Growing Leaders: A New Approach to Learning & Development

FROM THE NOVEMBER 2017 ISSUE

Growing Leaders: A New Approach to Learning & Development in the Contact Center
Illustration by Matt Brooks

Many of this industry’s most successful leaders started out on the phones… and yet, many call centers still suffer from a reputation for being a dead-end job.

True, most centers operate within a flat organizational structure, which means limited management positions and high competition for promotions. But let’s face it, call centers have not been known to invest a lot in leadership development. Often, promotions are used to reward top-performing agents, who are then thrust into a new role without sufficient training and support to succeed in that position. Those that thrive are usually the ones who take the initiative to educate themselves.

We conducted a contact center training poll in 2015 which revealed that 59% of team leads and 54% of supervisors feel that they do not receive enough training. That was echoed in the Frontline Supervisor Survey conducted earlier this year by Pipeline and Service Agility, which found that only 11% of centers provided more than a week of leadership training. Most respondents (41%) said that their companies provided no training at all on leadership skills and 12% provided a half-day or less.

Learning & Development Practices Need to Evolve

In call centers, employee fears regarding automation replacing agents with robots are often misplaced. Yet there is a growing realization that the digital revolution has exposed a considerable gap between employees’ learning needs and current learning and development methods, according to Joanna Bloor, a self-professed “startup junkie” who has helped to grow several well-known internet companies, including Citysearch, Cars.com, OpenTable and Pandora. Bloor is founder of The Amplify Lab, a corporate team-building and career development firm.

Joanna Bloor, Founder, The Amplify Lab

“So much of the approach today is based on a supply chain methodology in which humans were part of the machinery,” she says. “That has worked well for many years, but we’re heading to a place where robots, AI and all of these other technologies are going to be the supply chain. This entry of new technology into the workforce will be as dramatic and painful as the shift that took place during the Industrial Revolution. It’s going to require a different approach to constantly educate your people and to allow them to experiment and to fail.”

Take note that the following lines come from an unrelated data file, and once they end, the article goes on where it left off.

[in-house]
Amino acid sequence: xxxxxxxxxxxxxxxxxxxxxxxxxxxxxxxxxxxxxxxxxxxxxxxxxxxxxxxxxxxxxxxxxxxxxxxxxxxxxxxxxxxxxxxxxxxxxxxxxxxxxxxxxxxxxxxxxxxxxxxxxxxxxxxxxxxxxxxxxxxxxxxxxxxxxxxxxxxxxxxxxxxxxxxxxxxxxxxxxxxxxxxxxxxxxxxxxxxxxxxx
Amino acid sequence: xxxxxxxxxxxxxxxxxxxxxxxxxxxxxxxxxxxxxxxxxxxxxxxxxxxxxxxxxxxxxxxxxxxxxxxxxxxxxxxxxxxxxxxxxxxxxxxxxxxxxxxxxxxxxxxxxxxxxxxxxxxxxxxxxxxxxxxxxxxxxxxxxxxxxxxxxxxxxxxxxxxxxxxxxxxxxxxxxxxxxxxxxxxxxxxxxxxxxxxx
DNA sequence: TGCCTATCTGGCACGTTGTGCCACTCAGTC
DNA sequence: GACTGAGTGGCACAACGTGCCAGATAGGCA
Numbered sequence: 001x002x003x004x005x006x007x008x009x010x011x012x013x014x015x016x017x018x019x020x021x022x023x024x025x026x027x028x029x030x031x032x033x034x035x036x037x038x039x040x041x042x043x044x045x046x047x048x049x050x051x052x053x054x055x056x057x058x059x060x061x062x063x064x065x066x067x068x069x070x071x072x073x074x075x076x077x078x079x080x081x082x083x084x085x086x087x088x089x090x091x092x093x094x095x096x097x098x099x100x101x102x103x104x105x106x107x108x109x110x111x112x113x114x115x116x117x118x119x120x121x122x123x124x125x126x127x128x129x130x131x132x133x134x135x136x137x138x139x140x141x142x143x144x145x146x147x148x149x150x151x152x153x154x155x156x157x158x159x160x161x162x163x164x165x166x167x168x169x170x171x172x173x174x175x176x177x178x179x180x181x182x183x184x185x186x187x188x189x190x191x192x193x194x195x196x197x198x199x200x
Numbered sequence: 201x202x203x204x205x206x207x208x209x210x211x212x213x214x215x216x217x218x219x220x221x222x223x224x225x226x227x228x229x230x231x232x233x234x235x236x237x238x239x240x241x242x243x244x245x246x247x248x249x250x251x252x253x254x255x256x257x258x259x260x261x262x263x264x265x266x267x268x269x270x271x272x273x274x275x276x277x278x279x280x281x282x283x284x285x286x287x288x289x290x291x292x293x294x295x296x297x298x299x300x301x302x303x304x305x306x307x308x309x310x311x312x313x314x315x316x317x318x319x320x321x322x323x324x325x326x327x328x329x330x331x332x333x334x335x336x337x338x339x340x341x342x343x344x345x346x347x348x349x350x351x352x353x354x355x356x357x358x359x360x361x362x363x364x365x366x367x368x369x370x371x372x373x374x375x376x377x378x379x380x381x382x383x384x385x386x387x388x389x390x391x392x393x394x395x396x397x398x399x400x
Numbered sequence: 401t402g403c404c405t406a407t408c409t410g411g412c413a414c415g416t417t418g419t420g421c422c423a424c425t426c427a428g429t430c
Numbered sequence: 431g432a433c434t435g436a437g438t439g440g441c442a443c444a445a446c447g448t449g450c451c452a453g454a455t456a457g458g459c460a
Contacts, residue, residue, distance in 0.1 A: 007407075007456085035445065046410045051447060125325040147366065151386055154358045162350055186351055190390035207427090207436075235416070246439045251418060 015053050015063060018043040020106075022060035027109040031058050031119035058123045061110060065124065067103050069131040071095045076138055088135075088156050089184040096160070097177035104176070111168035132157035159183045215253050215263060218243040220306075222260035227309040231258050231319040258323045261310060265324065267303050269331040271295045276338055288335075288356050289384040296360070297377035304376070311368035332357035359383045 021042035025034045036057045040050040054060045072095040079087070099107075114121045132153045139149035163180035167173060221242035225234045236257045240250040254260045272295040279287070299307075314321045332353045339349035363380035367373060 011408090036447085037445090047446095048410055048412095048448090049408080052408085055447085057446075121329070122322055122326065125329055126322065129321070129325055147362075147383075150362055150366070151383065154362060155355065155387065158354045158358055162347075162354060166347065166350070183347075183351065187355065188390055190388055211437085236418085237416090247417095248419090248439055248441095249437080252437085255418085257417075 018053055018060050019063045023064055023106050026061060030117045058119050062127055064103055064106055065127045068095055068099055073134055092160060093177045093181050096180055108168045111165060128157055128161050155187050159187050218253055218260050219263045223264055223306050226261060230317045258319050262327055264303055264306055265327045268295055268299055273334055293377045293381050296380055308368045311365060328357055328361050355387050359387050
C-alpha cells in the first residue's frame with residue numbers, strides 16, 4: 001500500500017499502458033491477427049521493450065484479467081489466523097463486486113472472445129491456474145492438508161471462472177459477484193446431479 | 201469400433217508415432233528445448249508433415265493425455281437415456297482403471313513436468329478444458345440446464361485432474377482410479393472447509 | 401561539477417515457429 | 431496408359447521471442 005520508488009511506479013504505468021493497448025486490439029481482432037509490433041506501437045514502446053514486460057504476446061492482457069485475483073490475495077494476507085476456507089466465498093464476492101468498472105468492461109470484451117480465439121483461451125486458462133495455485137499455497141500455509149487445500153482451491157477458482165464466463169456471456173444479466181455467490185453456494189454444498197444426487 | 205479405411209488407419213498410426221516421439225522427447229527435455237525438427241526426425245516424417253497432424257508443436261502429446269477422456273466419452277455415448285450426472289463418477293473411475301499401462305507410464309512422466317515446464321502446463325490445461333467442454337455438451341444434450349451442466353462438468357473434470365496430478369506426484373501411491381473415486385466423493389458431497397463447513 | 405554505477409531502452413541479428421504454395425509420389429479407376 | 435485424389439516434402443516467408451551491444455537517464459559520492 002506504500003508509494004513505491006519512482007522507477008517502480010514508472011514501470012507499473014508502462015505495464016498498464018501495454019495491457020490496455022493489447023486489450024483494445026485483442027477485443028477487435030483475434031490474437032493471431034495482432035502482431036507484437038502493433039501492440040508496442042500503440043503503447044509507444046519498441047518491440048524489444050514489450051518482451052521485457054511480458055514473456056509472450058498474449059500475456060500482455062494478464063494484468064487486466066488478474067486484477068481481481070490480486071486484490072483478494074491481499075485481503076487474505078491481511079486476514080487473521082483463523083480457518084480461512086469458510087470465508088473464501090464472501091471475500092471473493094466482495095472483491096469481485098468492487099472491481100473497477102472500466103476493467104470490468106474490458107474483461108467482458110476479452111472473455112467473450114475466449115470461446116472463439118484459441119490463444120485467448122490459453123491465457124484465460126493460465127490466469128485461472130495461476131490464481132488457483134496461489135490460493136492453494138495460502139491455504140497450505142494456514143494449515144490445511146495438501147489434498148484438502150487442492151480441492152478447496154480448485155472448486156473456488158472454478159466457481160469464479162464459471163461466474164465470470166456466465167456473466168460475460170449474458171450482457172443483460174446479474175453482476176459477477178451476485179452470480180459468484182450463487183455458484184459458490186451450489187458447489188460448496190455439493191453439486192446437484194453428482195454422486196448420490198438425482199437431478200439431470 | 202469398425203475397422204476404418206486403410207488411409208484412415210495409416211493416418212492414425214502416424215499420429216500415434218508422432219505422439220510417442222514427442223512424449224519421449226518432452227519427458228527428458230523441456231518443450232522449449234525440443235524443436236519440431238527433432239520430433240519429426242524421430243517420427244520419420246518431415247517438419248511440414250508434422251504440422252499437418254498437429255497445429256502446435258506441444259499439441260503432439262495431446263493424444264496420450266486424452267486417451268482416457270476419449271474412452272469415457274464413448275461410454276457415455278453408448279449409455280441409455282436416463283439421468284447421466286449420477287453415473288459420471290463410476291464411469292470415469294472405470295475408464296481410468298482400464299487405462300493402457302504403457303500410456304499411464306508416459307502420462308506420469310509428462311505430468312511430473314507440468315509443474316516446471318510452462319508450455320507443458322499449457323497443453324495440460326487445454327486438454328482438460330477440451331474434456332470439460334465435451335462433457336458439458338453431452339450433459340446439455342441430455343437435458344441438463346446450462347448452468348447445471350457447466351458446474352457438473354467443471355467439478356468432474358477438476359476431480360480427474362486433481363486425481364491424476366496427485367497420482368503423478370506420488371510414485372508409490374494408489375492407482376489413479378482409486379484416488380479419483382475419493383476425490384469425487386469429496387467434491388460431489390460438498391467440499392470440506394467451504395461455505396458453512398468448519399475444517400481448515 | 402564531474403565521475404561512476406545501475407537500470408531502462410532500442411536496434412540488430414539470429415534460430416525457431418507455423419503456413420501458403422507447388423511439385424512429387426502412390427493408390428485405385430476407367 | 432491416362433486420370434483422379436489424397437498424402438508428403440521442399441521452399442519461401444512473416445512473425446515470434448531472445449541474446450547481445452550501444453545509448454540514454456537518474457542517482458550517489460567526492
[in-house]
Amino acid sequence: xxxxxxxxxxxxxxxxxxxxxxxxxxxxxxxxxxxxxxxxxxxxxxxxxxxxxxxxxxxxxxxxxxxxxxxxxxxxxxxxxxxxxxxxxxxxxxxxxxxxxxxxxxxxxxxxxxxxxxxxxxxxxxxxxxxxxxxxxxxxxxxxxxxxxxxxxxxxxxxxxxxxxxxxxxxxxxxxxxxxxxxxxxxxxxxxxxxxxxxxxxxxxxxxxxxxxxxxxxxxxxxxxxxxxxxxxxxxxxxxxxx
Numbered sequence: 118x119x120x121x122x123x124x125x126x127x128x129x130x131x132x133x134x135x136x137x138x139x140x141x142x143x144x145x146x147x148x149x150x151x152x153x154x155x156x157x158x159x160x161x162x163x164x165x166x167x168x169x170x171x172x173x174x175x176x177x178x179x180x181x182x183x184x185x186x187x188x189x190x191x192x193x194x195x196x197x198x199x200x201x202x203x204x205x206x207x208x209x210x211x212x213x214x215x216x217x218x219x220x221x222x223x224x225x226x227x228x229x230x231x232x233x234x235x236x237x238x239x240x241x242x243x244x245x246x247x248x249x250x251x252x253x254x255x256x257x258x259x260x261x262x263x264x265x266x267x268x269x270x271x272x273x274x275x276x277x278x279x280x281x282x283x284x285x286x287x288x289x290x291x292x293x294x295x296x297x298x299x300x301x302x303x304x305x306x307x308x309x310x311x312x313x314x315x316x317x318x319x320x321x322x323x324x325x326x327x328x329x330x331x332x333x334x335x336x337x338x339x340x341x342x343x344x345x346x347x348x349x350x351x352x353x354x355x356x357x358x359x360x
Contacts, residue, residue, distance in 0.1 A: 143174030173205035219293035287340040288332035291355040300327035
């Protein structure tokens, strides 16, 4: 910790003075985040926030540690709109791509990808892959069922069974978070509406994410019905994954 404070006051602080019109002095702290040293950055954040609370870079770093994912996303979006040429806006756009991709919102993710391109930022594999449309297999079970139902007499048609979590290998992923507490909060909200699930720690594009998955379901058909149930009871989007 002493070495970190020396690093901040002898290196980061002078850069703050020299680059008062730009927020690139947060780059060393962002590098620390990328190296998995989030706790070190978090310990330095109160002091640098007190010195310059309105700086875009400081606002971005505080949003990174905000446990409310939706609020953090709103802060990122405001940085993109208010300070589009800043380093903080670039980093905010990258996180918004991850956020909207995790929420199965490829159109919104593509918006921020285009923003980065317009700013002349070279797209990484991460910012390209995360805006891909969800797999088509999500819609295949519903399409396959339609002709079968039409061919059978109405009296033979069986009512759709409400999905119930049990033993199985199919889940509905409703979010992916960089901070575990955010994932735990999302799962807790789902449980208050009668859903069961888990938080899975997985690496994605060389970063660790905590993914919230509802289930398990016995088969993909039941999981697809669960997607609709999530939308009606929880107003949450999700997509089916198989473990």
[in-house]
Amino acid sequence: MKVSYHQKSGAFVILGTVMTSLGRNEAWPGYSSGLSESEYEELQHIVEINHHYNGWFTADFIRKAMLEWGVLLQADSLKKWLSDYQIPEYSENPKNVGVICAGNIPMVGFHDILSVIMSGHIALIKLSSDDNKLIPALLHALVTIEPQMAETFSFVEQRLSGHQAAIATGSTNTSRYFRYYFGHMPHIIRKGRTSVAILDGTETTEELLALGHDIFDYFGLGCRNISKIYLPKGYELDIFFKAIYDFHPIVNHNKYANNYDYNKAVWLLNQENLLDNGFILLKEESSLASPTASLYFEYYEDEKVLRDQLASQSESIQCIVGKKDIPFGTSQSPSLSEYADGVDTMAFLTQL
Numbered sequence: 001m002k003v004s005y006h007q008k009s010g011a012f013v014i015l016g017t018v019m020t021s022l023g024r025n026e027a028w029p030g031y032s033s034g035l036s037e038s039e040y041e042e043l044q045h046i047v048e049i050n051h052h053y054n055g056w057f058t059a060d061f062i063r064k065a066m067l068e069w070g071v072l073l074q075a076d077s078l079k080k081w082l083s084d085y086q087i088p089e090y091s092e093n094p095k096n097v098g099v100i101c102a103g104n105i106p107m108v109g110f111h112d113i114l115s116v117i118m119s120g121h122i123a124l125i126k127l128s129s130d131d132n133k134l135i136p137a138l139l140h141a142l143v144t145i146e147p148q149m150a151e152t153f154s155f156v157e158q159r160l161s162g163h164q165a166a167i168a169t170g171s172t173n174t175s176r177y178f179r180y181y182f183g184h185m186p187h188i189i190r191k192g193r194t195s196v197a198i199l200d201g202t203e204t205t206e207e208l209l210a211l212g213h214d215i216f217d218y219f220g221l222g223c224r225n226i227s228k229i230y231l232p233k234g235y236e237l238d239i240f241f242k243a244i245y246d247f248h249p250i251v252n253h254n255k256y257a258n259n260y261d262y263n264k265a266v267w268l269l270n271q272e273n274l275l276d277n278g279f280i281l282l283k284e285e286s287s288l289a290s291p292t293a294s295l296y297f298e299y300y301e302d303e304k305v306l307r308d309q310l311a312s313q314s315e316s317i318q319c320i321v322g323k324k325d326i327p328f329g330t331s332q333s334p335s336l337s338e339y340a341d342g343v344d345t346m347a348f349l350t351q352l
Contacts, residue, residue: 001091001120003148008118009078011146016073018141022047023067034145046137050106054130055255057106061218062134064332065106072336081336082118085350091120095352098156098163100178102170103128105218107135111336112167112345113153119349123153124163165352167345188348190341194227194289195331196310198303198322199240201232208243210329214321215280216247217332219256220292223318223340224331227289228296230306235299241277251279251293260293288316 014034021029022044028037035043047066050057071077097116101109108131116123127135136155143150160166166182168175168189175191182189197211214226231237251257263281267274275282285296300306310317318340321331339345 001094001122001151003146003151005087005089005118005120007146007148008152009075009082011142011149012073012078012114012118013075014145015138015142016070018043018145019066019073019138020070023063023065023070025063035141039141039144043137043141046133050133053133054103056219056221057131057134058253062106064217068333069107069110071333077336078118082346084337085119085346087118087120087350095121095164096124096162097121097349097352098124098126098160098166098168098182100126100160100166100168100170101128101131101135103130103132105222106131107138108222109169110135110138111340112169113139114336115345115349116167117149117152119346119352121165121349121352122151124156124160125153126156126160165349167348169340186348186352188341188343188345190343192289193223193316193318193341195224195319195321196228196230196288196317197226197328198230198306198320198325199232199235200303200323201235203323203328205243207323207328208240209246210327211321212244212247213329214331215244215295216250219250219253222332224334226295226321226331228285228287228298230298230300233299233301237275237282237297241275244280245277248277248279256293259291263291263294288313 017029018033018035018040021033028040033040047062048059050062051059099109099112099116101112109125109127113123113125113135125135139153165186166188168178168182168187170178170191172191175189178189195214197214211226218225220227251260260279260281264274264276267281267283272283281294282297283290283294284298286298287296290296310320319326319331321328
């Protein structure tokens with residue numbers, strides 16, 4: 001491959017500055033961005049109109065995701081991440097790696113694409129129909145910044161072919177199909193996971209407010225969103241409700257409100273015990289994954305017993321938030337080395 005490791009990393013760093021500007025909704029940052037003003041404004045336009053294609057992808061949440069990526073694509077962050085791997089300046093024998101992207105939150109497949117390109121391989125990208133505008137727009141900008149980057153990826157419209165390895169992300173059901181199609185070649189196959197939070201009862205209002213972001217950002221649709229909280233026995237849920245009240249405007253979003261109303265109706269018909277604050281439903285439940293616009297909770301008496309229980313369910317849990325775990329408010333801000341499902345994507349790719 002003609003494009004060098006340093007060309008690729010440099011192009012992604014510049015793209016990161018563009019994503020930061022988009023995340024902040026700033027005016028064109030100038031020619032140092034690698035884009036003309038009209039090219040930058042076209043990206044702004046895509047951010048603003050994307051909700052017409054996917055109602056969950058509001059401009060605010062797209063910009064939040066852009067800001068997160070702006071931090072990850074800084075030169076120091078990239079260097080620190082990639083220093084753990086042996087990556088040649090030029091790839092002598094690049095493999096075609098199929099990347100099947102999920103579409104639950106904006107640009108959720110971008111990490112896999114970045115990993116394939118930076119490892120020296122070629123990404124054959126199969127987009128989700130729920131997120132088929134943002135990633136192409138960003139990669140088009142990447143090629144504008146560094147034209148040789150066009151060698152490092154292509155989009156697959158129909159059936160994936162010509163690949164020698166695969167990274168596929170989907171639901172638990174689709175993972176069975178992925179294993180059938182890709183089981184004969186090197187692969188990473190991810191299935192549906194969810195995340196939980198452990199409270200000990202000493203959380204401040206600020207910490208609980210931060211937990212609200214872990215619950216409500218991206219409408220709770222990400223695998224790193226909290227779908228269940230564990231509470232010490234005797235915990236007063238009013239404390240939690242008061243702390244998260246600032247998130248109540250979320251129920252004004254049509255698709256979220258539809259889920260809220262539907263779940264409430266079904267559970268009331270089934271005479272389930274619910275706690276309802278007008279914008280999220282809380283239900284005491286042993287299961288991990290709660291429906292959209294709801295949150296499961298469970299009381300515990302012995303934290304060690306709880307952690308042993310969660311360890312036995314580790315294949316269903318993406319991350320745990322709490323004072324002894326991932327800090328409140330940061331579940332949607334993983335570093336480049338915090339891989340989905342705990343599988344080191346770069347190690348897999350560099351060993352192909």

Fail. That’s a word that makes many executives uncomfortable, but failure is a necessary part of learning and innovation. Failing teaches people to think creatively, recognize their mistakes and leverage what they learned into a successful solution.

So how can you allow agents to fail in a call center environment? “One of the most effective learning approaches is to push problem-solving opportunities to your people,” Bloor says. “Provide your team with the problem that needs to be solved, give them a few limitations to work within, such as time and budget, and then tell them to come up with a solution to the problem.”

This approach calls for a bit of trust and patience on the leader’s part since the team will likely come back with some ideas that you may not agree with, she adds. But the experience will benefit both frontline employees and management. “Not only will employees learn to work better as a team but they will begin to understand more about the business and some of the complexities of the management level that they haven’t had the opportunity to experience before,” Bloor says. “Also, the people who show leadership potential are going to rise to the top. You will be able to identify who your best individual contributors are and your top people leaders. They almost self-select in those types of scenarios.”

She adds that pushing problem-solving to the front line will help to show them the vital role that they have within the company and that their contributions are valued at a strategic level.

It is also vital to have frequent discussions with employees about the value that they bring to their roles, function and organization, Bloor adds. “When you automate someone’s job, their whole reason for being is reduced so it is critical to have language and conversation around why they matter.”

Empower People to Own Their Path

Millennials desire a personalized approach to learning and development. As Bloor points out, “a question that I hear often is, ‘Why isn’t it customized for me?’ If you’re going to have a culture of education, you can’t take a one-size-fits-all approach.”

Here’s an approach that she took while leading a team of millennials: Every employee received X amount of dollars to spend on training and development. As a leader, her role was to offer advice or guidance on which programs might help people depending on their particular career interests, but each person was responsible for owning their own path.

“It’s shifting from a top-down to a bottom-up approach,” she says. “When the power to make decisions is in the individual’s hands, then the individual will get results. When the individual gets results, then the company wins.”

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